London: Breastfeeding has an impact on a country’s economy as well as on the health of its women and children, reveals a study.
According to the researchers, breastfeeding is a powerful and unique intervention that benefits mothers and children at the same time.
The research demonstrated that breastfeeding results in improved child development, with huge economics gains for individuals, families, as well as at the national level, the researchers said.
While nearly 20,000 breast cancer deaths are prevented each year by breastfeeding, an estimated 820,000 child deaths could also be prevented annually (about 13 percent of all under-five child deaths) by improving the breastfeeding rates, the findings showed.
“Supporting breastfeeding makes economic sense for rich and poor countries and this latest breastfeeding study proves it,” said Cesar Victora, professor at Federal University of Pelotas in Brazil.
The study, published in The Lancet — Breastfeeding Series, revealed that longer the duration of breastfeeding that a child receives higher would be his or her academic performance. They will also have increased long-term earnings, and improved productivity.
Breastfeeding would reduce the treatment costs of common childhood illness, like diarrhoea and respiratory infections, the researchers noted.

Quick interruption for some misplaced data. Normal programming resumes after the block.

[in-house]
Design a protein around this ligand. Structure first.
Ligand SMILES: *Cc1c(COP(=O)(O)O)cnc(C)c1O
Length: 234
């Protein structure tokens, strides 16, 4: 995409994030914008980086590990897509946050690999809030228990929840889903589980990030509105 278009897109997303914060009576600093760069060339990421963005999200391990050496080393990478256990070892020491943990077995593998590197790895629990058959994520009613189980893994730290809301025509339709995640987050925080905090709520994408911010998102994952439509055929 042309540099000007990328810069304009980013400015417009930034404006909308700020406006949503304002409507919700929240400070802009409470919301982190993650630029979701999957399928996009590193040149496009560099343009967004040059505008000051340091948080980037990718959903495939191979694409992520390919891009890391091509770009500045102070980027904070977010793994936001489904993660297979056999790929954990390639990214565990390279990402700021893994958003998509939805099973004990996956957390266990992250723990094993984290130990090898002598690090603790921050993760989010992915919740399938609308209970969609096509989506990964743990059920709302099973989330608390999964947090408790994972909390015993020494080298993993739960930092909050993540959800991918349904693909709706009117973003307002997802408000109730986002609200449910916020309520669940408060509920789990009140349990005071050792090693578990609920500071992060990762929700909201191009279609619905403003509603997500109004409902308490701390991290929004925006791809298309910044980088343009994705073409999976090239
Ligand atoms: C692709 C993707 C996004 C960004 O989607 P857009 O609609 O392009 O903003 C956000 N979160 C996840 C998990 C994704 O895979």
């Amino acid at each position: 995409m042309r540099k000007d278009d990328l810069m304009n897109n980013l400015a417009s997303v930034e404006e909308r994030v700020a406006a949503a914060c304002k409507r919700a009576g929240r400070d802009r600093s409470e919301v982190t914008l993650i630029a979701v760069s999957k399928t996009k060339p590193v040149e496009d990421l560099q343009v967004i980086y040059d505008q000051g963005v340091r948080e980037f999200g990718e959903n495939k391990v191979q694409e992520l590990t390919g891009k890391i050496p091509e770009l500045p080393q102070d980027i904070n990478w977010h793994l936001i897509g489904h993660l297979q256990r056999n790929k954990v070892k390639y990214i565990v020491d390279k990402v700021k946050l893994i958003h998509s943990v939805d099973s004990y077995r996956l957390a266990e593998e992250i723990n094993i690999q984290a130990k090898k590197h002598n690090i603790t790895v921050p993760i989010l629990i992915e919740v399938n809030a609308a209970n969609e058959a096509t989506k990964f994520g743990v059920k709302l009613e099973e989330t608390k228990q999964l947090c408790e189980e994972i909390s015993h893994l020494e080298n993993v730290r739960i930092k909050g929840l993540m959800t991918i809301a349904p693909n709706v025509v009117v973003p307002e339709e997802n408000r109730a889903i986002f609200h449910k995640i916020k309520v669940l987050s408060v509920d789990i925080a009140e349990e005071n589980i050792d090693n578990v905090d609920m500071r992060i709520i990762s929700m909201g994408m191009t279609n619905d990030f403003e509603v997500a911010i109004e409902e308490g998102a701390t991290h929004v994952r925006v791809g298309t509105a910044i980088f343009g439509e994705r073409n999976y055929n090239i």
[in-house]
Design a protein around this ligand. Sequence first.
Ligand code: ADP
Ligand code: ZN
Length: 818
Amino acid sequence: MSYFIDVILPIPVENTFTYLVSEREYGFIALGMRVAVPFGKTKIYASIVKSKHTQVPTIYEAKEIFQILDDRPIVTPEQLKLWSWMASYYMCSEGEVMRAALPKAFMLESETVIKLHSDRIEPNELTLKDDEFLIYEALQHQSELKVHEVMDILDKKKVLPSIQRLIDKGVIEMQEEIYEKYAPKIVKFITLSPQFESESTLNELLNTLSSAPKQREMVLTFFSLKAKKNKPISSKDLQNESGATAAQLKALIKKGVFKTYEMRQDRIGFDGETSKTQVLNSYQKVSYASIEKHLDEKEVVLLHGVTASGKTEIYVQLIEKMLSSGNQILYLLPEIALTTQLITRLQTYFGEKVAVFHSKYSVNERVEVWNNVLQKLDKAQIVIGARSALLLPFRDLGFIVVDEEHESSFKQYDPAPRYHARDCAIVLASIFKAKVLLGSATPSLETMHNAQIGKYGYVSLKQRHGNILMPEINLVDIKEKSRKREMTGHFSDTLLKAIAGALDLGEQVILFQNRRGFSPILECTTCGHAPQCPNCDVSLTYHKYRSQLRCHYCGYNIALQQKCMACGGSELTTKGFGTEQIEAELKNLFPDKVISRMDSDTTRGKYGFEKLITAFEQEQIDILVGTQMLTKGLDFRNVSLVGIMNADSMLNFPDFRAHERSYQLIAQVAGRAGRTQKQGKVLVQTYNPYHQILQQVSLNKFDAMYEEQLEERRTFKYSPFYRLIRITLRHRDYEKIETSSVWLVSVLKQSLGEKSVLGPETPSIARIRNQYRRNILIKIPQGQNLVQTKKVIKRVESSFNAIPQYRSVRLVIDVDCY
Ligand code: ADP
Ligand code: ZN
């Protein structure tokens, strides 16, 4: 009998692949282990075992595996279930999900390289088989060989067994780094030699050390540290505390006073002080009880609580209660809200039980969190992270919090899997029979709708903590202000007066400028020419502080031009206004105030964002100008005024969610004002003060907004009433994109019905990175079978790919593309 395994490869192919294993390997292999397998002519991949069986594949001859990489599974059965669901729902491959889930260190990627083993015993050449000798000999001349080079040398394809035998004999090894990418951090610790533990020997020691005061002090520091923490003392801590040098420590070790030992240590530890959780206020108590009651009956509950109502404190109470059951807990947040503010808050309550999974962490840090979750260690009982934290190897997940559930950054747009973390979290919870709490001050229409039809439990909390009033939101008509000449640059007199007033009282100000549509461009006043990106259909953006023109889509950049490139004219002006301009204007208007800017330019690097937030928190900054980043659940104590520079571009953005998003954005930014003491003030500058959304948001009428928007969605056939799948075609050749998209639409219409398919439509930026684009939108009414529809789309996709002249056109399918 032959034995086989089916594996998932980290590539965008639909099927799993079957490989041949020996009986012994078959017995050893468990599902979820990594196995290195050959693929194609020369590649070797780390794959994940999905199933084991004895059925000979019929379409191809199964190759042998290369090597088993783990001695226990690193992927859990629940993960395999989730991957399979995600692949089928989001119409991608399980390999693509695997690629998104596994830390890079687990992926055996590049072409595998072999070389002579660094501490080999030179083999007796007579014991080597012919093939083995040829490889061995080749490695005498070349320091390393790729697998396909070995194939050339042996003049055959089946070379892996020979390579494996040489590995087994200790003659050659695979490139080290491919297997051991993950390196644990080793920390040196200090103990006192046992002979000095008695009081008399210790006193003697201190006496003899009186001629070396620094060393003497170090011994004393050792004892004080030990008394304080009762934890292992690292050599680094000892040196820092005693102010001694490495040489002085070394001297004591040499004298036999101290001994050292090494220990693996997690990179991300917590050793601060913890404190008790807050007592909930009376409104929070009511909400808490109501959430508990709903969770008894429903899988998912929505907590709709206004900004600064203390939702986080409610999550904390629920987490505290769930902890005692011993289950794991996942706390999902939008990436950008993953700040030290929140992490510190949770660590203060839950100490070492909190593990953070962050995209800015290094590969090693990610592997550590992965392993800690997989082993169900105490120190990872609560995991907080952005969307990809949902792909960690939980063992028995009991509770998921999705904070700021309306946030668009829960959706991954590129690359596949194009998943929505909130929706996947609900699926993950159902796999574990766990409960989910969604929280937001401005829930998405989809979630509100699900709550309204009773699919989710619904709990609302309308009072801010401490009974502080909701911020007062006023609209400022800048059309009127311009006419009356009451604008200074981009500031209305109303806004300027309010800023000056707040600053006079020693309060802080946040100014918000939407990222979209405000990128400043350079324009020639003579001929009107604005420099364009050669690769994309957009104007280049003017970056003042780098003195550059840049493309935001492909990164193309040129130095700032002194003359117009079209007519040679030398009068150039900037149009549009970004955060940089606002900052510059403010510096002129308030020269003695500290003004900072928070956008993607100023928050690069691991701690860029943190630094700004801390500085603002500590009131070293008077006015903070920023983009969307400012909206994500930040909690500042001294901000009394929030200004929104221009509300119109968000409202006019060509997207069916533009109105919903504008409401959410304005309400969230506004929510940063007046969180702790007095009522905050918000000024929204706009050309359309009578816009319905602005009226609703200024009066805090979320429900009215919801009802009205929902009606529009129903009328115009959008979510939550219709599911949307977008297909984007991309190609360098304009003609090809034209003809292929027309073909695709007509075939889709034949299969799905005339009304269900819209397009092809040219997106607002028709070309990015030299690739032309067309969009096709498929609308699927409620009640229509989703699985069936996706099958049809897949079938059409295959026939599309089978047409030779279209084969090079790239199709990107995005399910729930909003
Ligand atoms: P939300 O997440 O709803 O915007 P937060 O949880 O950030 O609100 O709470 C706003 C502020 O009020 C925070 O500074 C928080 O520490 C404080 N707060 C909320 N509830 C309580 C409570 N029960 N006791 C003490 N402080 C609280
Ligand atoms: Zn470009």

Also mothers who breastfeeds decrease their risk of developing invasive breast cancer and benefits from reduced ovarian cancer risk, they added.
Globally rates for breastfeeding stands at 35.7 percent, despite international recommendations that all children should be exclusively breastfed from birth to six months of age, commented the researchers.
They also added that the World Health Assembly has set target for countries to increase the rate of exclusive breastfeeding for the first six months of life to at least 50 percent by 2025.
(Also Read: Paracetamol use in pregnancy may harm fertility)
The study also determined that increasing breastfeeding rates to 90 percent in the US, China, and Brazil and to 45 percent in Britain would cut the treatment costs of common childhood illness and save at least $2.45 billion in the US, $29.5 million in Britain, $223.6 million in China, and $6.0 million in Brazil.
In total, more than 1,300 studies were reviewed to provide the most exhaustive look at the benefits, determinants, and trends in breastfeeding to date.